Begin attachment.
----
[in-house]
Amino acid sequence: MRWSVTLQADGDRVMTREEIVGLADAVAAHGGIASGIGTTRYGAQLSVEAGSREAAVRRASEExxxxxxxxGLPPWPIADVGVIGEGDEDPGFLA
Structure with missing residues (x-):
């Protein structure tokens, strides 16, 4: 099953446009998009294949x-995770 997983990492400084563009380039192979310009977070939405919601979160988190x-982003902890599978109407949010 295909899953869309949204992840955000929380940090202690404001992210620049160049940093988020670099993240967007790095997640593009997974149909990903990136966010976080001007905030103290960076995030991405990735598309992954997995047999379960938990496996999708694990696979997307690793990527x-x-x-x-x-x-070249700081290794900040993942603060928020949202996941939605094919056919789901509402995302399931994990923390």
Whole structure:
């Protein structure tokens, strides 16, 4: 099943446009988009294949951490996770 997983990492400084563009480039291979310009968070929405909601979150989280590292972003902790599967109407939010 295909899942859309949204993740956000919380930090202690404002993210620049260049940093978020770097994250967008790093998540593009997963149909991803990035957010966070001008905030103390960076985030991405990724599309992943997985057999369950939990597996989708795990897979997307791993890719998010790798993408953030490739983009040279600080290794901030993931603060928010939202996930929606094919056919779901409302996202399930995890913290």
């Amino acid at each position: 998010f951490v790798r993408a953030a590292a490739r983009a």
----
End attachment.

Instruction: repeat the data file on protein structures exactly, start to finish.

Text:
[in-house]
Amino acid sequence: MRWSVTLQADGDRVMTREEIVGLADAVAAHGGIASGIGTTRYGAQLSVEAGSREAAVRRASEExxxxxxxxGLPPWPIADVGVIGEGDEDPGFLA
Structure with missing residues (x-):
């Protein structure tokens, strides 16, 4: 099953446009998009294949x-995770 997983990492400084563009380039192979310009977070939405919601979160988190x-982003902890599978109407949010 295909899953869309949204992840955000929380940090202690404001992210620049160049940093988020670099993240967007790095997640593009997974149909990903990136966010976080001007905030103290960076995030991405990735598309992954997995047999379960938990496996999708694990696979997307690793990527x-x-x-x-x-x-070249700081290794900040993942603060928020949202996941939605094919056919789901509402995302399931994990923390």
Whole structure:
């Protein structure tokens, strides 16, 4: 099943446009988009294949951490996770 997983990492400084563009480039291979310009968070929405909601979150989280590292972003902790599967109407939010 295909899942859309949204993740956000919380930090202690404002993210620049260049940093978020770097994250967008790093998540593009997963149909991803990035957010966070001008905030103390960076985030991405990724599309992943997985057999369950939990597996989708795990897979997307791993890719998010790798993408953030490739983009040279600080290794901030993931603060928010939202996930929606094919056919779901409302996202399930995890913290």
């Amino acid at each position: 998010f951490v790798r993408a953030a590292a490739r983009a």